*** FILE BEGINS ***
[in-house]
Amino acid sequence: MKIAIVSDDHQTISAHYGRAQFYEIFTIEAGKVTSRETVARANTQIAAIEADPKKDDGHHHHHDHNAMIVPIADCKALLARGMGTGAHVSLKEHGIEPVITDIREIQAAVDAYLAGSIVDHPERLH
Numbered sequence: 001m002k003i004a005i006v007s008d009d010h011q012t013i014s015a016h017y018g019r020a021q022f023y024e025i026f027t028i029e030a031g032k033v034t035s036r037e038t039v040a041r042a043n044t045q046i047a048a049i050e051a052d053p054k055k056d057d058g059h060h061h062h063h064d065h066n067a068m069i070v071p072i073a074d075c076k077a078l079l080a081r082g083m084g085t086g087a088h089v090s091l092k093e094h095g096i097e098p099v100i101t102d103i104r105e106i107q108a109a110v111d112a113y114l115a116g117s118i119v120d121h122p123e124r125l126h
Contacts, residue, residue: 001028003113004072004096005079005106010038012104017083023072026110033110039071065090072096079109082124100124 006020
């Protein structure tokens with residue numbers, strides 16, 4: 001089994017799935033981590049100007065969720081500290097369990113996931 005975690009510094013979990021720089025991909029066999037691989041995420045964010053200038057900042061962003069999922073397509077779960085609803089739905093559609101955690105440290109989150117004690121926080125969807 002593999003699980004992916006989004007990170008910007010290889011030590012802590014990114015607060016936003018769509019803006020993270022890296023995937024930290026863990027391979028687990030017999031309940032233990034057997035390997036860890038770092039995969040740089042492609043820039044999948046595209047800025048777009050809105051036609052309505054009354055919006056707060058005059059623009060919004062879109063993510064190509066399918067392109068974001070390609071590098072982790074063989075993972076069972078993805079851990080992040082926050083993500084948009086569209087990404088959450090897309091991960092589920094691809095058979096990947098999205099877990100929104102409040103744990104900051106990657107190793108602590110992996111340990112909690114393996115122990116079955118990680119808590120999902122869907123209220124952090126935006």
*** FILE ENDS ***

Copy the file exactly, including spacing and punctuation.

[in-house]
Amino acid sequence: MKIAIVSDDHQTISAHYGRAQFYEIFTIEAGKVTSRETVARANTQIAAIEADPKKDDGHHHHHDHNAMIVPIADCKALLARGMGTGAHVSLKEHGIEPVITDIREIQAAVDAYLAGSIVDHPERLH
Numbered sequence: 001m002k003i004a005i006v007s008d009d010h011q012t013i014s015a016h017y018g019r020a021q022f023y024e025i026f027t028i029e030a031g032k033v034t035s036r037e038t039v040a041r042a043n044t045q046i047a048a049i050e051a052d053p054k055k056d057d058g059h060h061h062h063h064d065h066n067a068m069i070v071p072i073a074d075c076k077a078l079l080a081r082g083m084g085t086g087a088h089v090s091l092k093e094h095g096i097e098p099v100i101t102d103i104r105e106i107q108a109a110v111d112a113y114l115a116g117s118i119v120d121h122p123e124r125l126h
Contacts, residue, residue: 001028003113004072004096005079005106010038012104017083023072026110033110039071065090072096079109082124100124 006020
């Protein structure tokens with residue numbers, strides 16, 4: 001089994017799935033981590049100007065969720081500290097369990113996931 005975690009510094013979990021720089025991909029066999037691989041995420045964010053200038057900042061962003069999922073397509077779960085609803089739905093559609101955690105440290109989150117004690121926080125969807 002593999003699980004992916006989004007990170008910007010290889011030590012802590014990114015607060016936003018769509019803006020993270022890296023995937024930290026863990027391979028687990030017999031309940032233990034057997035390997036860890038770092039995969040740089042492609043820039044999948046595209047800025048777009050809105051036609052309505054009354055919006056707060058005059059623009060919004062879109063993510064190509066399918067392109068974001070390609071590098072982790074063989075993972076069972078993805079851990080992040082926050083993500084948009086569209087990404088959450090897309091991960092589920094691809095058979096990947098999205099877990100929104102409040103744990104900051106990657107190793108602590110992996111340990112909690114393996115122990116079955118990680119808590120999902122869907123209220124952090126935006």